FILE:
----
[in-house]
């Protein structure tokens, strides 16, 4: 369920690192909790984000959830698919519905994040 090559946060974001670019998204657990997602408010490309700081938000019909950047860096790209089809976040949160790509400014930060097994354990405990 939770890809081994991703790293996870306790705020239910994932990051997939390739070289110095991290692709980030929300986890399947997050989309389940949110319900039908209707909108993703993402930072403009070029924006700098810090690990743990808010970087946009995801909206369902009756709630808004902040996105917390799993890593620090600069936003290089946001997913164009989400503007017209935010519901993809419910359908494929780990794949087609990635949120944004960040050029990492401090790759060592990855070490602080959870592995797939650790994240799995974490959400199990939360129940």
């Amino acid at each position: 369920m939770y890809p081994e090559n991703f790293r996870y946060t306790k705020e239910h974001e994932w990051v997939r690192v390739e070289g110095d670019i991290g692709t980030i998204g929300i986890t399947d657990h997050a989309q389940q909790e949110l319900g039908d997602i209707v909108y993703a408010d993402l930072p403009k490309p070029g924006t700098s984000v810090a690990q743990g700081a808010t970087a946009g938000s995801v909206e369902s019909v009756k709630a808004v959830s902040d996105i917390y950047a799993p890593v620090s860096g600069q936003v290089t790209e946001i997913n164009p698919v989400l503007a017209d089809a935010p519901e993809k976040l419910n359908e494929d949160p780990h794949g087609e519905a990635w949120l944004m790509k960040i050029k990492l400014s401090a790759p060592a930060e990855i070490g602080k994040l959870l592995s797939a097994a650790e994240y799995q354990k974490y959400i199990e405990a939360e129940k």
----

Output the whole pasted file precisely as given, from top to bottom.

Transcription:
[in-house]
């Protein structure tokens, strides 16, 4: 369920690192909790984000959830698919519905994040 090559946060974001670019998204657990997602408010490309700081938000019909950047860096790209089809976040949160790509400014930060097994354990405990 939770890809081994991703790293996870306790705020239910994932990051997939390739070289110095991290692709980030929300986890399947997050989309389940949110319900039908209707909108993703993402930072403009070029924006700098810090690990743990808010970087946009995801909206369902009756709630808004902040996105917390799993890593620090600069936003290089946001997913164009989400503007017209935010519901993809419910359908494929780990794949087609990635949120944004960040050029990492401090790759060592990855070490602080959870592995797939650790994240799995974490959400199990939360129940």
């Amino acid at each position: 369920m939770y890809p081994e090559n991703f790293r996870y946060t306790k705020e239910h974001e994932w990051v997939r690192v390739e070289g110095d670019i991290g692709t980030i998204g929300i986890t399947d657990h997050a989309q389940q909790e949110l319900g039908d997602i209707v909108y993703a408010d993402l930072p403009k490309p070029g924006t700098s984000v810090a690990q743990g700081a808010t970087a946009g938000s995801v909206e369902s019909v009756k709630a808004v959830s902040d996105i917390y950047a799993p890593v620090s860096g600069q936003v290089t790209e946001i997913n164009p698919v989400l503007a017209d089809a935010p519901e993809k976040l419910n359908e494929d949160p780990h794949g087609e519905a990635w949120l944004m790509k960040i050029k990492l400014s401090a790759p060592a930060e990855i070490g602080k994040l959870l592995s797939a097994a650790e994240y799995q354990k974490y959400i199990e405990a939360e129940k």